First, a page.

omphalocele (om′fal-o-sel, om′fa-lo-)
Congenital herniation of viscera into the base of the umbilical cord, with a covering membranous sac of peritoneum-amnion. The umbilical cord is inserted into the sac here, in contradistinction to its attachment in gastroschisis. SEE ALSO: umbilical hernia. SYN: amniocele, exomphalos (3) , exumbilication (3) . [omphalo- + G. kele, hernia]
Relating to the umbilicus and the intestine.
1. Term denoting relationship of the midgut to the yolk sac. As the head and tail folds of the embryo continue to form, this relationship is diminished and is represented by a narrow yolk stalk or vitelline duct. 2. Relating to the vitelline duct.
Conjoined twins united at their umbilical regions. See conjoined twins, under twin. SYN: monomphalus. [omphalo- + G. pagos, something fixed]
Inflammation of the umbilical veins. [omphalo- + G. phleps, vein, + -itis, inflammation]
Bleeding from the umbilicus. [omphalo- + G. rhegnymi, to burst forth]
A serous discharge from the umbilicus. [omphalo- + G. rhoia, flow]
Rupture of the umbilical cord during childbirth. [omphalo- + G. rhexis, rupture]
Rarely used term for umbilicus. [G. navel]
Underdeveloped twin of allantoidangiopagous twin; joined by umbilical vessels. SYN: placental parasitic twin. [omphalo- + G. sitos, food]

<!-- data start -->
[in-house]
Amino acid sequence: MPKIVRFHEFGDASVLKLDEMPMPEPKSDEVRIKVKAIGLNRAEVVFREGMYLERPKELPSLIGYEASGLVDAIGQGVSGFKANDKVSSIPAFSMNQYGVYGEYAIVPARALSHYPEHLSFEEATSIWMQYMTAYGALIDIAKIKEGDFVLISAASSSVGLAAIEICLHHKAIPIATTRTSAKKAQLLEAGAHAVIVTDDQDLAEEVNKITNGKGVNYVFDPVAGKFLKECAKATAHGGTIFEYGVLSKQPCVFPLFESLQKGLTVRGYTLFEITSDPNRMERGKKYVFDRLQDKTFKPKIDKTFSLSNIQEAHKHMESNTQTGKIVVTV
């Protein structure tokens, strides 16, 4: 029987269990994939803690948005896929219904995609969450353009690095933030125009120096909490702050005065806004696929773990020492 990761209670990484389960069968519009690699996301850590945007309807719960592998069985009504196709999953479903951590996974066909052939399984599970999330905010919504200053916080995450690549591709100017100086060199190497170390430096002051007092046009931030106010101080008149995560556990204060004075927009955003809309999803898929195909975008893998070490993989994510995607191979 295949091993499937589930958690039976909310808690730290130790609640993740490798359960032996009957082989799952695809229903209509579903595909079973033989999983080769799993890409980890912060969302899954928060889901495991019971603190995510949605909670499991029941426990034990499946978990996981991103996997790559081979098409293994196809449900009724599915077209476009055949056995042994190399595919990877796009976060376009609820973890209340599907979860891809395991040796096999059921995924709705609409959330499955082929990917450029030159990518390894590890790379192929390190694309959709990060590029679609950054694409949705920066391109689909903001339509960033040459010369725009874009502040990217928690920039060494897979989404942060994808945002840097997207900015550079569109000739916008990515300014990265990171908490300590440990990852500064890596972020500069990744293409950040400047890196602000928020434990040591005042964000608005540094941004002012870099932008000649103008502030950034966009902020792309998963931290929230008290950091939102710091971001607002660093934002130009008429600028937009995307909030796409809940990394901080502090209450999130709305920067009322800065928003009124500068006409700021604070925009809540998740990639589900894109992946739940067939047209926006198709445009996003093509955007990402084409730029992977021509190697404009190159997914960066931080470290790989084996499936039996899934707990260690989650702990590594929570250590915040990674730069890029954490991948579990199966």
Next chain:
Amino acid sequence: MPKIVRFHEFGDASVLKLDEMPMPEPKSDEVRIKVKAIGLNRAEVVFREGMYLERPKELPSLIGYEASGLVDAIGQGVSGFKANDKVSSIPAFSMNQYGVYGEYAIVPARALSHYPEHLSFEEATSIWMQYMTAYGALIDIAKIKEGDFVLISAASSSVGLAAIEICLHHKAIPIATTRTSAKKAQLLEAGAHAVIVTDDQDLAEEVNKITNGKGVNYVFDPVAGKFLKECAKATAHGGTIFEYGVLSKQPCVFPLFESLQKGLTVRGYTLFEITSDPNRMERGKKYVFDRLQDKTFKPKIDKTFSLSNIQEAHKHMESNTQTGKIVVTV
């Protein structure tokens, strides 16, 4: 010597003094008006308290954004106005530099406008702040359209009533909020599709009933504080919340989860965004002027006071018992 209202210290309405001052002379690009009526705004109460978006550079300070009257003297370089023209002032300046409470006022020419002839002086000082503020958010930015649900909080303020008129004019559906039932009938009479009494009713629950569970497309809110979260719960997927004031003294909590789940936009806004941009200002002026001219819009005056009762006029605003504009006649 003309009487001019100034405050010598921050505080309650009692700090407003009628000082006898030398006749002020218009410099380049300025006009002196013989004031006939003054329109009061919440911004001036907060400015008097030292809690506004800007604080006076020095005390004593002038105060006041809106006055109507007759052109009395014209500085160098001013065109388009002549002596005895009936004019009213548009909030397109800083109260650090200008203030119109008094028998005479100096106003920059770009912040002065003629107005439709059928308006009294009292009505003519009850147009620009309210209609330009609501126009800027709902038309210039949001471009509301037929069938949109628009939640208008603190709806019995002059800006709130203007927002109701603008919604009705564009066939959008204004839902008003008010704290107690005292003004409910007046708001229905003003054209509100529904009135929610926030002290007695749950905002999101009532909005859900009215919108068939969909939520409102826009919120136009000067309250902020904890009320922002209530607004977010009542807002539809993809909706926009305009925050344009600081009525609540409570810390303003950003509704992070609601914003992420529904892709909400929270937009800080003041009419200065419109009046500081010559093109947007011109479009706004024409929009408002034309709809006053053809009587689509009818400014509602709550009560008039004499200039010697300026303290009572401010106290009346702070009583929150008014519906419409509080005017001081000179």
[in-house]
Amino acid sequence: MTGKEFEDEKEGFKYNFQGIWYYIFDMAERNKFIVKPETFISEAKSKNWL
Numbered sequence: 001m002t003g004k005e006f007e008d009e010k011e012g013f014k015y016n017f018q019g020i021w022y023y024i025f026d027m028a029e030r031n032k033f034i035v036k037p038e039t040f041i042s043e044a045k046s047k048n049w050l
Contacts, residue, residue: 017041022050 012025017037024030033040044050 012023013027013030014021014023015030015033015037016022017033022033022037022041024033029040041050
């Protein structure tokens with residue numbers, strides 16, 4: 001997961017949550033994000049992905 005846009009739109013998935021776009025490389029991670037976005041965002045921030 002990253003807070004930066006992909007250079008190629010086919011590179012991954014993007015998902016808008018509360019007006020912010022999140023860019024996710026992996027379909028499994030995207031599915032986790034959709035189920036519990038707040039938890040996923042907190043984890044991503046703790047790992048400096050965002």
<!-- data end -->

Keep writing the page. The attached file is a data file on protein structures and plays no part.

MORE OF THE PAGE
Denoting a line connecting the umbilicus and the anterior superior spine of the ilium, on which lies the McBurney point.
Cutting of the umbilical cord at birth. [omphalo- + G. tome, incision]
Crushing, instead of cutting, the umbilical cord after childbirth. [omphalo- + G. tripsis, a rubbing]
Rarely used term for umbilicus. [G. omphalos, navel]
SYN: orotate phosphoribosyltransferase.
A genus of elongated filariform nematodes (family Onchocercidae) that inhabit the connective tissue of their hosts, usually within firm nodules in which these parasites are coiled and entangled. SYN: Oncocerca. [G. onkos, a barb, + kerkos, tail]
Onchocerca volvulus the blinding nodular worm, a species that causes onchocerciasis.
Infection with Onchocerca (especially O. volvulus, a filarial nematode transmitted from person to person by black flies of the genus Simulium), marked by nodular swellings forming a fibrous cyst enveloping the coiled parasites (onchocercoma); microfilariae move freely out of the nodule and escape into the intercellular lymph in the dermis. Dermatologic changes often develop, especially in Africa, resulting in intense pruritus, scaly or lichenoid skin, depigmentation, and destruction of elastic fibers. Most important are the ocular complications that may develop after a long chronic course, with blindness frequently occurring in advanced cases, caused by the presence of living or dead microfilariae seen by slitlamp biomicroscopy. SYN: blinding disease, onchocercosis, volvulosis.
ocular o. ocular complications, such as keratitis, iridocyclitis, or retrobulbar neuritis, caused by the microfilariae of Onchocerca volvulus. SYN: river blindness.